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So, my friends and I went out to Kensington for the first time ever on Sunday. I must say that the course was really nice and so were the people. We ended up joining a father & son duo who made for great company. While we were playing there was a league going on so it was pretty packed. My complaint/observation is about the league that was there.

It seems that the people who take the game serious tend to do worse than those who just relax. We were waiting for the group to tee off and standing back and giving them room while talking quitely amoungst ourselves. I thought we were talking far lower than normal level and one of the guys in group above us "shhhhh'd" us. We couldn't help it but to laugh, but we still honored his request. After the group ahead of us took 5 minutes of phantom shots they finally tee'd off and no a good drive out of the bunch. Now I know that doing 1-2 phantom shots doesn't hurt but to sit around and repeat it several times and then ask for silence just seems a bit too much.

Am I wrong here? I know to be respectful to people, just as I would like them to be to me but in my view it is all public space and so you must expect at least some level of noise (which was a completely reasonable level). Also, how many phantom shots are too many?

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Be careful Justin, you may be infringing on his(LOL) patent.
90 seconds on the pad 30 seconds once your get to your lie on any other throws
90 seconds on the pad

Never heard that one. Nice non rules rule!
Here is the exact rule: it is 30 seconds, tee pad or not:

Right, but the point being made

The player has taken a reasonable time to arrive at the disc and mark the lie

Just because I step on the teepad and look down the fairway does not stipulate that my time starts. My time does not start until I take my stance and am preparing to tee off. I can take up to a minute to get on the teepad if you think it is excessive by all means call me on it. However, there is no stipulation on "reasonable time" I think 60 seconds to get to the pad is reasonable and that is how we play it here in our local area. So 60 to get on the pad and take your stance + the 30 for your time after stance has been taken is total of 90 seconds.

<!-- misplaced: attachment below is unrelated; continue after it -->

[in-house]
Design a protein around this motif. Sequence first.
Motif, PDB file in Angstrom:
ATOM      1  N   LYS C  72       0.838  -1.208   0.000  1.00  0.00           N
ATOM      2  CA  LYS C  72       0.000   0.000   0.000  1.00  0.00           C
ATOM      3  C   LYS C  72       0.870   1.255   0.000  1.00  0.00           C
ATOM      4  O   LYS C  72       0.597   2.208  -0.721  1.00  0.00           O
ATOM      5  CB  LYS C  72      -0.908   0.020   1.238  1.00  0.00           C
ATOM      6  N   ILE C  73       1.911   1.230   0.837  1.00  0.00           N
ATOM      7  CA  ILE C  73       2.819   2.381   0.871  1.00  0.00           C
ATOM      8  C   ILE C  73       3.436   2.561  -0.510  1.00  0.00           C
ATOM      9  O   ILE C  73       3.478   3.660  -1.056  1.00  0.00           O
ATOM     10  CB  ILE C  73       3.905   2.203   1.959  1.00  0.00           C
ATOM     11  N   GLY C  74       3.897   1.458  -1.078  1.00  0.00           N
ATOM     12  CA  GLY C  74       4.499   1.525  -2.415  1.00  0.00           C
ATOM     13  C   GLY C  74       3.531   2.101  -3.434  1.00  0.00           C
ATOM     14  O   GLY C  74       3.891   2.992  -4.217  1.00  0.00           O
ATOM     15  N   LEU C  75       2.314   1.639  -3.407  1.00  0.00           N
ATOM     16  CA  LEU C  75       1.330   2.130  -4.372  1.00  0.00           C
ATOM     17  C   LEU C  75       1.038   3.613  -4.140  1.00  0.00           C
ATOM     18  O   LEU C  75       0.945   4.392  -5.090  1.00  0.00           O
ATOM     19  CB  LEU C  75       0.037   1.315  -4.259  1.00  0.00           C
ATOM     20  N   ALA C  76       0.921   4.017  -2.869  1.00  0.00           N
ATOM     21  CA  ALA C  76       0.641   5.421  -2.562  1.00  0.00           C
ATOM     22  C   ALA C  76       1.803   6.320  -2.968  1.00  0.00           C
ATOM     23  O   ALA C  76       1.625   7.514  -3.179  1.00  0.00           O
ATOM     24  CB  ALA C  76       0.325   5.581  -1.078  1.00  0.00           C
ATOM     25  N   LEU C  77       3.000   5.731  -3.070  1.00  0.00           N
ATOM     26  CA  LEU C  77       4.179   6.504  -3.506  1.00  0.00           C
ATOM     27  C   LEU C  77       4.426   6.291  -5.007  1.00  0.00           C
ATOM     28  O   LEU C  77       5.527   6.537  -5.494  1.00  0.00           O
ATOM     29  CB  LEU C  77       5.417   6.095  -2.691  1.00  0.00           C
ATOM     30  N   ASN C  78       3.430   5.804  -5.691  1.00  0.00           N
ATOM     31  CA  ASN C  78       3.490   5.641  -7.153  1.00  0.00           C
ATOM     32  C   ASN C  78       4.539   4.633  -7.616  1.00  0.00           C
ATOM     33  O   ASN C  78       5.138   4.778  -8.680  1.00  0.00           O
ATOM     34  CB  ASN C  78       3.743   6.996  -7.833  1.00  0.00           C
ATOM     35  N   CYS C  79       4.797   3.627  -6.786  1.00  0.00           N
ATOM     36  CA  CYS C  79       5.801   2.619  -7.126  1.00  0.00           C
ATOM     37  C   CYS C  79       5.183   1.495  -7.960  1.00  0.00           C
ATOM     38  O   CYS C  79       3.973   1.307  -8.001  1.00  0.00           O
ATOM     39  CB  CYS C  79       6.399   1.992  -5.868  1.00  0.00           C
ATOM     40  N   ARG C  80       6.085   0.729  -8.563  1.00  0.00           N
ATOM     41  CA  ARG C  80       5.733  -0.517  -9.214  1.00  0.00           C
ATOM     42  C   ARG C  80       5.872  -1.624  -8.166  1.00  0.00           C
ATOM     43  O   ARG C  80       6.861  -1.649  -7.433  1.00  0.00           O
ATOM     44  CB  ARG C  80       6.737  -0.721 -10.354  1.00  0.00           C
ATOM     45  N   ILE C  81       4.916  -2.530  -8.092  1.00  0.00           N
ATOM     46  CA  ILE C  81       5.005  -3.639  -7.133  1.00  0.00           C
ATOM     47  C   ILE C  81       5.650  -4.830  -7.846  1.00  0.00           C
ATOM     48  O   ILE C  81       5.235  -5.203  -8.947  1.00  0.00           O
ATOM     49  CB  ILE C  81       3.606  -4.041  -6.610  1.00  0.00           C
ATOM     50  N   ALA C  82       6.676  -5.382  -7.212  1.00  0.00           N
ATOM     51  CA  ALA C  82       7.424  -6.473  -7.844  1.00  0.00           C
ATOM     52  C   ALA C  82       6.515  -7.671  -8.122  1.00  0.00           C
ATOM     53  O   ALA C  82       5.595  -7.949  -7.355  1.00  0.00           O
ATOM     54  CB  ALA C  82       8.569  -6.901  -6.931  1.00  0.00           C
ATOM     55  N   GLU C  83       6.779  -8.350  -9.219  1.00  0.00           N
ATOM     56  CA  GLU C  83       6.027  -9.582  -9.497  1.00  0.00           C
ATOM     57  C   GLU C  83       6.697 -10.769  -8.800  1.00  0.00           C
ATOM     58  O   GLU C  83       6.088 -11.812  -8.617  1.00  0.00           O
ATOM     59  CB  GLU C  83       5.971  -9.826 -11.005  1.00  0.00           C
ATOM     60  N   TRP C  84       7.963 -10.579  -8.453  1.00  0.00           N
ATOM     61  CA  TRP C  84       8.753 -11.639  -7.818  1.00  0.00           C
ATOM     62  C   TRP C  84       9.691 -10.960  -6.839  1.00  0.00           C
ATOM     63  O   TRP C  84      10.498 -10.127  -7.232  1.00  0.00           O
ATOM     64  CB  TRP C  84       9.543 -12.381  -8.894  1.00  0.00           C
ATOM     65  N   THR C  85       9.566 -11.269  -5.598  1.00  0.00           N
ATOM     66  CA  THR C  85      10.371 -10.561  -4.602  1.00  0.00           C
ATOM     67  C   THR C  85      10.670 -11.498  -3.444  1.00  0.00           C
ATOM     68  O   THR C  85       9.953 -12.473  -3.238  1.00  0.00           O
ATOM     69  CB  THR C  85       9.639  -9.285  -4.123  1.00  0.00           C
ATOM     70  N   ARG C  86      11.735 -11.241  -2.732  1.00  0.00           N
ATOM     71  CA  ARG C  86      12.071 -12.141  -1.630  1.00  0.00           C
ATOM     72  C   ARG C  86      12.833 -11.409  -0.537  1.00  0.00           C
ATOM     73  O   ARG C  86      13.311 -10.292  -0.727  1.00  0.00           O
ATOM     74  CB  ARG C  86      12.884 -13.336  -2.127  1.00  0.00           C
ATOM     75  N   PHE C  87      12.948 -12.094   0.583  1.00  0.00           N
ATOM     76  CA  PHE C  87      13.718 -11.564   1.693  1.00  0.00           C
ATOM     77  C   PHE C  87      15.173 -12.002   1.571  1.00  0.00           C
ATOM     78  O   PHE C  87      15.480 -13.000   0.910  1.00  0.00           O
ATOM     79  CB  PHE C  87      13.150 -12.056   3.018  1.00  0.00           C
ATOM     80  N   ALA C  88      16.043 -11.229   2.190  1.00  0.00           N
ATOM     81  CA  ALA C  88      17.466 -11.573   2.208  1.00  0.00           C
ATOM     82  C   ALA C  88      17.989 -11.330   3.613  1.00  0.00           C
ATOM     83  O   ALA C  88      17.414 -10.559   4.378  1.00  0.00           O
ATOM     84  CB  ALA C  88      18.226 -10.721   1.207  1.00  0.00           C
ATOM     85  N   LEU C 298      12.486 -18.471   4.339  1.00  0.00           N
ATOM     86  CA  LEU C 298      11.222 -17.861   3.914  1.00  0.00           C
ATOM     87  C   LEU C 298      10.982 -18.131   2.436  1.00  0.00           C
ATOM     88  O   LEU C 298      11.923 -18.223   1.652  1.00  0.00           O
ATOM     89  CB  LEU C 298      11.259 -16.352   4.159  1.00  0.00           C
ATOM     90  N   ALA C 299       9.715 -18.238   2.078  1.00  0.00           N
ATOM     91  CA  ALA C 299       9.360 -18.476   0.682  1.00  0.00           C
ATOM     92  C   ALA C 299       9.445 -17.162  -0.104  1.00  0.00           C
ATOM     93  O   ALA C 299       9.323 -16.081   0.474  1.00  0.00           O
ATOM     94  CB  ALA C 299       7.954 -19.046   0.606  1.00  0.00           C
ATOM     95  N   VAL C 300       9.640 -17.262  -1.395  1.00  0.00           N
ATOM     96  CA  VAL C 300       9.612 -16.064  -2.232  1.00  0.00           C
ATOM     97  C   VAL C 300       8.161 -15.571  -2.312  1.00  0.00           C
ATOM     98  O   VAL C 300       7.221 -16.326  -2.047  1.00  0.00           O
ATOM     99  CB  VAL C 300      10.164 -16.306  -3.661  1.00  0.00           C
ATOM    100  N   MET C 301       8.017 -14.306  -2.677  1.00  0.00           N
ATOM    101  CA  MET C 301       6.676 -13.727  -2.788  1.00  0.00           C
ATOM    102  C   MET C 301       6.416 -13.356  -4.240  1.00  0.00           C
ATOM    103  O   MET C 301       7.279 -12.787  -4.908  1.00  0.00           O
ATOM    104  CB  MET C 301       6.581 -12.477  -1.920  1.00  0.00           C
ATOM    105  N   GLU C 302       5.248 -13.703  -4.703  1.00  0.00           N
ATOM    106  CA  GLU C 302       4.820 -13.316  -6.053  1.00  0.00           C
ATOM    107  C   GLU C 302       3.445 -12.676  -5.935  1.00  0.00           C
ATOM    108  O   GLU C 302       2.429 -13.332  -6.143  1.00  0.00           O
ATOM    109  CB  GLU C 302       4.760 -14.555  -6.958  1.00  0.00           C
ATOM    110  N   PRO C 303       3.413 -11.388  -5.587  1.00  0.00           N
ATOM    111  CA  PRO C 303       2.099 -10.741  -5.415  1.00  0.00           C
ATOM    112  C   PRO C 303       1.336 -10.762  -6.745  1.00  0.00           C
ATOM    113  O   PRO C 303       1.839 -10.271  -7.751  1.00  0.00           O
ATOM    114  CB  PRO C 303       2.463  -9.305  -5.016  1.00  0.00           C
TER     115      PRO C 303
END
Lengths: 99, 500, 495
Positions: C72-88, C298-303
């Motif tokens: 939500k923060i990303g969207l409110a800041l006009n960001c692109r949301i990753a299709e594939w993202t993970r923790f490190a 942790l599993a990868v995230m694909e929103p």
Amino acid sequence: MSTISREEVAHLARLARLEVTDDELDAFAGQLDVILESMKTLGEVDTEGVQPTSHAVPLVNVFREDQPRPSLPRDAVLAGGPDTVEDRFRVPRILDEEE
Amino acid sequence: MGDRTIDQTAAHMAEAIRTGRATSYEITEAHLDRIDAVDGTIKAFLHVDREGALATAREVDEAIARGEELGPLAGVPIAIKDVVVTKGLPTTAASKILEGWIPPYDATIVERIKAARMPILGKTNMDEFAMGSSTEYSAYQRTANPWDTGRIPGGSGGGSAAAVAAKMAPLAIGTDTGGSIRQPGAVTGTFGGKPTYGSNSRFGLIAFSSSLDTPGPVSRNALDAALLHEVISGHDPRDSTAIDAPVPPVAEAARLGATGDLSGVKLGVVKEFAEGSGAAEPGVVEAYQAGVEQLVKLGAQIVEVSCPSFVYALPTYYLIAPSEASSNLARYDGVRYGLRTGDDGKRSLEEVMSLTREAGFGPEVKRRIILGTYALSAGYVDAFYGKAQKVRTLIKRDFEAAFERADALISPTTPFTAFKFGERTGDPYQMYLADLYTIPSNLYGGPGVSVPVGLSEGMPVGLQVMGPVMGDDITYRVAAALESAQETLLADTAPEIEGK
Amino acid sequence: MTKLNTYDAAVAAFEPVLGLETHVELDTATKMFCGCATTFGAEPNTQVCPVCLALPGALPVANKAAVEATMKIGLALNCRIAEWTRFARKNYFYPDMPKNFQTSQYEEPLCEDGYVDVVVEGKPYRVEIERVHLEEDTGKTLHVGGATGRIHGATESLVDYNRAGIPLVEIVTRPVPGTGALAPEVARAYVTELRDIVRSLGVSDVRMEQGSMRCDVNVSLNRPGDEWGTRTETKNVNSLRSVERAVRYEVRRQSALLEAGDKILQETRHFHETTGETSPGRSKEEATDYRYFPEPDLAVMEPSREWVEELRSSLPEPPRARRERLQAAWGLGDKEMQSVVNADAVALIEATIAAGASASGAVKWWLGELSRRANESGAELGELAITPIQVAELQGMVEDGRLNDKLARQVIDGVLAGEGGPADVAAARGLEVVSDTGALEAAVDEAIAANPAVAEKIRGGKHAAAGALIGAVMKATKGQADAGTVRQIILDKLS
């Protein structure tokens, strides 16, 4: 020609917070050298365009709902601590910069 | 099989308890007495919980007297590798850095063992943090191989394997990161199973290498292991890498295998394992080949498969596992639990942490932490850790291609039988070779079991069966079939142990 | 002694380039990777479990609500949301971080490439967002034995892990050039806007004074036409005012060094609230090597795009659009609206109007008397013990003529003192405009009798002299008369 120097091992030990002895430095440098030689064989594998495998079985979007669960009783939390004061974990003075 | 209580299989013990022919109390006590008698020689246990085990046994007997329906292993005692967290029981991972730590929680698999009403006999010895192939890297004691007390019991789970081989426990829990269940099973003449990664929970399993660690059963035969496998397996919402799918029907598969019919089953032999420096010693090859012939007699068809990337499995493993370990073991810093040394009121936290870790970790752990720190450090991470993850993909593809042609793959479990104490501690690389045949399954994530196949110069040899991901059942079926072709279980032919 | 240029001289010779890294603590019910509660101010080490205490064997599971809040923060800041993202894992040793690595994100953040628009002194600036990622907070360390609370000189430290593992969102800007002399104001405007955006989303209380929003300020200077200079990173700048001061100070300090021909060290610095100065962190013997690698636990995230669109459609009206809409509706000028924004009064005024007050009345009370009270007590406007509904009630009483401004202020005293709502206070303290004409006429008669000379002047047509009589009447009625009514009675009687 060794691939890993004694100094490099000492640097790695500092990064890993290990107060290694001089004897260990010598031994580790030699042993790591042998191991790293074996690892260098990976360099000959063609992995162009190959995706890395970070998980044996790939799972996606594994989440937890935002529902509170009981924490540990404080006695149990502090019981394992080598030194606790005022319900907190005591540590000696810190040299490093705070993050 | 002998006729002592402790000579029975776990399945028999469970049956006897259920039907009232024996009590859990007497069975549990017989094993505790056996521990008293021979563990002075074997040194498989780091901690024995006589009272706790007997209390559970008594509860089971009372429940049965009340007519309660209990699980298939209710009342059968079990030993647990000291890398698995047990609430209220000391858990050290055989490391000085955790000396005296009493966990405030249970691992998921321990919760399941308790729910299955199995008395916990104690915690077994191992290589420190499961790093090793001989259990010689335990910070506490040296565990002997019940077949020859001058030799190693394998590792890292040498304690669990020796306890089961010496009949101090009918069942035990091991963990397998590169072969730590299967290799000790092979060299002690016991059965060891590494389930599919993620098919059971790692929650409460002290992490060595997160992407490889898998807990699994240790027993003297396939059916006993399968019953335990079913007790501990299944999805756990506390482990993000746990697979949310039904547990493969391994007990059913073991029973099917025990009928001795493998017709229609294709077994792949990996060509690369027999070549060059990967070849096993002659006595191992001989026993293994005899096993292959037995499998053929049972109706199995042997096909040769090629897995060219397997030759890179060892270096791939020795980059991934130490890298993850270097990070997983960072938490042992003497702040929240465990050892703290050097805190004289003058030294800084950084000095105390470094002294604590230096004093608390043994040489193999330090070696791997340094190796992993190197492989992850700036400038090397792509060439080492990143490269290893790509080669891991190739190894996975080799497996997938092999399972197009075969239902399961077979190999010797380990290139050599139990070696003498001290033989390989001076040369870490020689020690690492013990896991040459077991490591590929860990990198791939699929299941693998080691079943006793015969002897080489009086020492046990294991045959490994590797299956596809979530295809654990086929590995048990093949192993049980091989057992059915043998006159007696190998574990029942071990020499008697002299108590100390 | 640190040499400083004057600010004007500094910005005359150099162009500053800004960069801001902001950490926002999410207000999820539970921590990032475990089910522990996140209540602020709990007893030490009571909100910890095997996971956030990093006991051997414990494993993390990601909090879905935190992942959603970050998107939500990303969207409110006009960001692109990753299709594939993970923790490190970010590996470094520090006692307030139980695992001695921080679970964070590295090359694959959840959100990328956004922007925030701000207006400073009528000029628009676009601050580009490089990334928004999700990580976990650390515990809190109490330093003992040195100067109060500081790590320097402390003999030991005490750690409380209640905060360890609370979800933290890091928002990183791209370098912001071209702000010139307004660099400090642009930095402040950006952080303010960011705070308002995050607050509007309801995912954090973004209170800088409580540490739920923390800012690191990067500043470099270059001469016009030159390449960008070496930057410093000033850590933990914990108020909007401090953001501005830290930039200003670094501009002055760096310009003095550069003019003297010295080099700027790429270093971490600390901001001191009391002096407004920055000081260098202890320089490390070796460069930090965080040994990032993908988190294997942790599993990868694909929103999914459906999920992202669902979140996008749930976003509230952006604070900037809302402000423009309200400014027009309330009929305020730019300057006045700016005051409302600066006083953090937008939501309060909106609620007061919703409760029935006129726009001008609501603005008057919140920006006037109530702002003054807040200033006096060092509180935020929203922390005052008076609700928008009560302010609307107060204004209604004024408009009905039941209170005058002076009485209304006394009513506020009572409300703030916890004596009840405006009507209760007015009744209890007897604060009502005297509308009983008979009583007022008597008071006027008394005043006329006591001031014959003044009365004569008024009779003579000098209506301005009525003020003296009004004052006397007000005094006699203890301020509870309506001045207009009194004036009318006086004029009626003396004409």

The rule also stipulates that The playing area is clear and free of distractions. This includes deer walking through, people talking, trucks driving by. Well you get the idea.
Looks like 30 seconds according to the rules . Folks should not enter onto the teepad if they are not ready. This helps the speed of play also.
30 sec is pretty good time when you add in the time you get to look at the hole while your walking up time to inspect it. Adjust for who shoots first select a disc. By now you should be ready so 30 seconds on the pad seems good. If not I'm gonna guess you'll have more time to look at the hole and figure your shoot cause your most likely at the bottum of the card anyways
I will admit to being a serious, casual player, if such a thing exists. I take two warmup motions before each tee shot, and think that's fine. I don't mind folks talking during my shot, but would prefer that no one start a conversation out of the blue, and try to treat others the same. I often will talk during my own tee shots :) Personally, however, I'd prefer to see disc golf stay more like "disc" and less like "golf" in terms of etiquette, at least during casual rounds.

That all goes out the window if you've paid money to play in a tournament, of course, when I'd expect people to be respectful, and would do the same myself.

I think if you are playing in a competitive game then you should adhere to the PDGA rules; be courteous and remain quiet during another player's shot, simple. Although, I would have to agree that there are elements beyond your control that you must learn to block out; i.e. planes, helicopters, birds, squirrels, baskets next to busy car intersections, etc...